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The Speed of Learning in Noisy Games: Partial Reinforcement and the Sustainability of Cooperation
The American Economic Review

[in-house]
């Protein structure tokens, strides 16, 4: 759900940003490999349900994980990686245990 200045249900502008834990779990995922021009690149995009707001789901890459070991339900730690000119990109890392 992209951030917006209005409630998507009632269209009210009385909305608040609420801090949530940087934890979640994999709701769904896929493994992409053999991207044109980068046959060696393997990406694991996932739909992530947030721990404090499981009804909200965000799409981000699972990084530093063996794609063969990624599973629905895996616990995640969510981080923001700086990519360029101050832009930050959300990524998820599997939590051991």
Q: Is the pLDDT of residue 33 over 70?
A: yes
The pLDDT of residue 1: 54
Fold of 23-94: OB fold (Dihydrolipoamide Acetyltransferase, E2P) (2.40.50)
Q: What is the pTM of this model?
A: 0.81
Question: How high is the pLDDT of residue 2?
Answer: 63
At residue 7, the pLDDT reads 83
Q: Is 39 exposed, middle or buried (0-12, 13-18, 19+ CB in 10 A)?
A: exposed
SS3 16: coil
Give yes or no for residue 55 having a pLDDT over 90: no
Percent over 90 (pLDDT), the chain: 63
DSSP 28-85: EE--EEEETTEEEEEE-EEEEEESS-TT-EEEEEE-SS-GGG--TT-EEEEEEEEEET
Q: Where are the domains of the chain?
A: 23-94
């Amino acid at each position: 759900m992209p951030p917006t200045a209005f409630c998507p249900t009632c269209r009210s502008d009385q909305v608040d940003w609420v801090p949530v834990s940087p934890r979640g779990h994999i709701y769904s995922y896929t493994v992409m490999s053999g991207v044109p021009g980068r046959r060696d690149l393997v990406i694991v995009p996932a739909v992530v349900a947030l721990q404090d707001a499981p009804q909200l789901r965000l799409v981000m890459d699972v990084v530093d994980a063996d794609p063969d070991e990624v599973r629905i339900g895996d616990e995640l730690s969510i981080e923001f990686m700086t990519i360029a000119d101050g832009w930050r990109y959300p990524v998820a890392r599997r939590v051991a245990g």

In an experiment, players' ability to learn to cooperate in the repeated prisoner's dilemma was substantially diminished when the payoffs were noisy, even though players could monitor one another's past actions perfectly. In contrast, in one-time play against a succession of opponents, noisy payoffs increased cooperation, by slowing the rate at which cooperation decays. These observations are consistent with the robust observation from the psychology literature that partial reinforcementdoi:10.1257/aer.96.4.1029 fatcat:2r2g6fqswvdxtf3b4gutezgk4i